The Mighty
by Peter J. Tomasi, Peter Snejbjerg (DC Comics, 2009)

What if Superman, besides being a well-known superhero, was also a merchandising institution? (In his world, not ours.) And, what if, from toy lines, comic books, clothing lines, video games, etc., he funded his own national law-enforcement agency? Well, wonder no more, because that's the premise in DC Comics' The Mighty.

Writer Peter J. Tomasi weaves an engrossing tale about a super-man (Alpha One) born of atomic testing, loved by the masses and heroic to a fault. Despite the awe and inspiration he sows among the populace, however, there seems something ... disturbing, lurking just under the surface. And when the captain of Section Omega, the aforementioned police force, is mysteriously murdered, it sets up an intriguing mystery.

Tomasi does what a writer is supposed to do; he hooks readers from the very beginning and doesn't allow them to wriggle off the line. In this case, he does it with a story that appears straightforward, but is obviously hiding important information, which makes it nigh impossible to turn away.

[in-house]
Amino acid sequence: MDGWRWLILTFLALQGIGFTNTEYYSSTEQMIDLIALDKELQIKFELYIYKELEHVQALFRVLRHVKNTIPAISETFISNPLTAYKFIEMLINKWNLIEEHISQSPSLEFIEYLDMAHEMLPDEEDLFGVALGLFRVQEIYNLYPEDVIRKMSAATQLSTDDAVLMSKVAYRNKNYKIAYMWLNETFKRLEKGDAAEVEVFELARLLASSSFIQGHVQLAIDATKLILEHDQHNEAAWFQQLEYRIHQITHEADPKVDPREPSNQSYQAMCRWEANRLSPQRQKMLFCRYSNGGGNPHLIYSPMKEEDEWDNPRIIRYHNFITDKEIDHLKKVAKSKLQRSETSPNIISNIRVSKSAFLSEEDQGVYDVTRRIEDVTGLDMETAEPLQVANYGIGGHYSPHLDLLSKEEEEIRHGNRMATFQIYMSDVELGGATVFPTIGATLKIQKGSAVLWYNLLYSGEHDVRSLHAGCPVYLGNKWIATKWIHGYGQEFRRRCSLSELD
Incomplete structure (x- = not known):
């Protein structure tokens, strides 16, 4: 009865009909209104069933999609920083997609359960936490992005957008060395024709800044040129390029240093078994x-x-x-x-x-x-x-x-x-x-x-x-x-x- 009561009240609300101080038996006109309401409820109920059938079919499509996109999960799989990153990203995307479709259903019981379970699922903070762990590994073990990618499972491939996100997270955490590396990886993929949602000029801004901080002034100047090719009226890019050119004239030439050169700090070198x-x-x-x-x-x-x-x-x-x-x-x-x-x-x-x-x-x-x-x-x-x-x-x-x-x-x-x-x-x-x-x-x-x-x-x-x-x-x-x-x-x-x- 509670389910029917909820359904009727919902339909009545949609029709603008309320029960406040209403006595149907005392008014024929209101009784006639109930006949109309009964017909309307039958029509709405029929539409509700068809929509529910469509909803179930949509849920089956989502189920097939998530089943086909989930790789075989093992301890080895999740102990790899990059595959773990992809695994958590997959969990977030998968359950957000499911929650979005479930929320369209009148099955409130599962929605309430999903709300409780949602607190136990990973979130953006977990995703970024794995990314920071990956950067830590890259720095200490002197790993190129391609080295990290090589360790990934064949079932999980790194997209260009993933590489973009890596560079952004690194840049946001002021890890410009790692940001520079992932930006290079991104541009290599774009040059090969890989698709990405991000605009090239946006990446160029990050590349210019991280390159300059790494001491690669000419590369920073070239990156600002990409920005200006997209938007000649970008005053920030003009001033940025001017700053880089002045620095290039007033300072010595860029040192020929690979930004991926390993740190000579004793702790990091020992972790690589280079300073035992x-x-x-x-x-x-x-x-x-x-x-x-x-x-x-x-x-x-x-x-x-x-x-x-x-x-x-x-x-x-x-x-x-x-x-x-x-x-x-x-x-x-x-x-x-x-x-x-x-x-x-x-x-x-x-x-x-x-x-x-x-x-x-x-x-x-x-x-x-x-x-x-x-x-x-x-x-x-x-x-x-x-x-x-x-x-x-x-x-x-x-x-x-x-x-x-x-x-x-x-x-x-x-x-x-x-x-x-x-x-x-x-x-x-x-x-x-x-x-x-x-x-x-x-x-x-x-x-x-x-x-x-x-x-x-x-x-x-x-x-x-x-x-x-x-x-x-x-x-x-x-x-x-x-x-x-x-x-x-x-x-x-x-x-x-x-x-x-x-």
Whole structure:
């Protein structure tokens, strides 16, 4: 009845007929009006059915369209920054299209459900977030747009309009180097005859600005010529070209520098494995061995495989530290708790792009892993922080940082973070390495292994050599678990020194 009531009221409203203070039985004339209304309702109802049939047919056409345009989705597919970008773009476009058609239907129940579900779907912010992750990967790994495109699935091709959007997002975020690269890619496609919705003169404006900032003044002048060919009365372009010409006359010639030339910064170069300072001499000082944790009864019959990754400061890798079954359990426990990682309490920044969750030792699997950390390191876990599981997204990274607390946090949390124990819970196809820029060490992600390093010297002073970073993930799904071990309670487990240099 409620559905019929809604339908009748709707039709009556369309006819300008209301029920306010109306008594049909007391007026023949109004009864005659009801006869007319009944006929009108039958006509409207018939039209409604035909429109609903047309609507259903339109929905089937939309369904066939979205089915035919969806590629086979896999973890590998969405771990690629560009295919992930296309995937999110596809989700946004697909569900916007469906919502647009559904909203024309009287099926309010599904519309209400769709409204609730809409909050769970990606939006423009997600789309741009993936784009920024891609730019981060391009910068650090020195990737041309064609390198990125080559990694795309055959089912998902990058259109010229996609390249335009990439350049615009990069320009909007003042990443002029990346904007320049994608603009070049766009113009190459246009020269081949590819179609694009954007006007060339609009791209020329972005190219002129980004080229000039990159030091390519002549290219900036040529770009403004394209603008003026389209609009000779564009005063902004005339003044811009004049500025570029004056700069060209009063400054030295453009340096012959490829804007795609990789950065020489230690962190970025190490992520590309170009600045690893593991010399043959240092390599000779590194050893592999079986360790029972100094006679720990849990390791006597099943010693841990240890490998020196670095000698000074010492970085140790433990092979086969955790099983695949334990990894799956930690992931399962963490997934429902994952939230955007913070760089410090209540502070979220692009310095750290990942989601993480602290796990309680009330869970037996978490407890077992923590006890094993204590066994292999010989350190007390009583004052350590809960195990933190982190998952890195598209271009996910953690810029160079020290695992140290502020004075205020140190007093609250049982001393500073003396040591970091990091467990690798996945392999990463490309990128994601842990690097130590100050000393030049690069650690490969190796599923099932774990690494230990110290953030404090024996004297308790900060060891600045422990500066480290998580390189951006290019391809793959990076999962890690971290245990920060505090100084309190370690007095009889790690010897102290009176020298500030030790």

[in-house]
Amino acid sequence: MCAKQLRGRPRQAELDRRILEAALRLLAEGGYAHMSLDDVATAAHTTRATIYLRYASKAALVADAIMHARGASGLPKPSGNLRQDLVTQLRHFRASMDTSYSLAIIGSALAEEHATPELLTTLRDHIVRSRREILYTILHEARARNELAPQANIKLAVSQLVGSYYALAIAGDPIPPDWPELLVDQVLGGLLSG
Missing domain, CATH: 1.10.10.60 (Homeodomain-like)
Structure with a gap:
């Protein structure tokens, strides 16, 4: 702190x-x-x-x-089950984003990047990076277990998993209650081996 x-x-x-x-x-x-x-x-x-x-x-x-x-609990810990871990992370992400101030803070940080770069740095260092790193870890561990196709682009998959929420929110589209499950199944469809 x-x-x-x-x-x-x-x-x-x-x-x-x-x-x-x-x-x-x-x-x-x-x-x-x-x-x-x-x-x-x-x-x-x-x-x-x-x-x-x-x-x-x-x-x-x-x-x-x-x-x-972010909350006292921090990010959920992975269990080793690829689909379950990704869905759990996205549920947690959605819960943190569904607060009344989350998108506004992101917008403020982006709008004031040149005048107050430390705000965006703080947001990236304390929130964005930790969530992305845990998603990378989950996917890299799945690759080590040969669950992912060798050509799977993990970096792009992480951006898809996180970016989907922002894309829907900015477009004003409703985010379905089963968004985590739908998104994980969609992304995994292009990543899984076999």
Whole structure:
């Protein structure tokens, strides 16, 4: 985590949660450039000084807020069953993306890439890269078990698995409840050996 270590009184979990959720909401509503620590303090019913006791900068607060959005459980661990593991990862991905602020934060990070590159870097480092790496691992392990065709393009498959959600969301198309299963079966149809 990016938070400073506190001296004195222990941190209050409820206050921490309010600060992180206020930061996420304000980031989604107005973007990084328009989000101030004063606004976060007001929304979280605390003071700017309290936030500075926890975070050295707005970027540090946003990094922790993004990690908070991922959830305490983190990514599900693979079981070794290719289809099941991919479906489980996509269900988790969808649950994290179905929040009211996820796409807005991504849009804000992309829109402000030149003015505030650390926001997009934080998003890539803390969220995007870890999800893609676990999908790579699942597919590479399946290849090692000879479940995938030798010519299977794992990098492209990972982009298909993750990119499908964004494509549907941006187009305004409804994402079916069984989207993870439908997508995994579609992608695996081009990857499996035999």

Characterization is also well-done, as Captain Shaw's replacement is quickly established as a sympathetic, likeable figure, seeking to grow into an important role and get out from under previous public perceptions. Sound complex? It is, in the best way.

Peter Snejbjerg's art leaves nothing to be desired. Dynamic, emotive and characterized by well-defined line work and lots of shadowing, it serves the action of a superhero tale quite well while communicating the proper sense of underlying menace and dark mood. Additionally, his storytelling and panel arrangement are smooth and well executed, delivering readers a well-paced story that's easy to follow.

In short, The Mighty is a well-executed sequential tale suited for adults who enjoy action, drama and mystery. Due to some violent imagery and strong language, it is not recommended for younger readers.

review by
Mark Allen

23 May 2009

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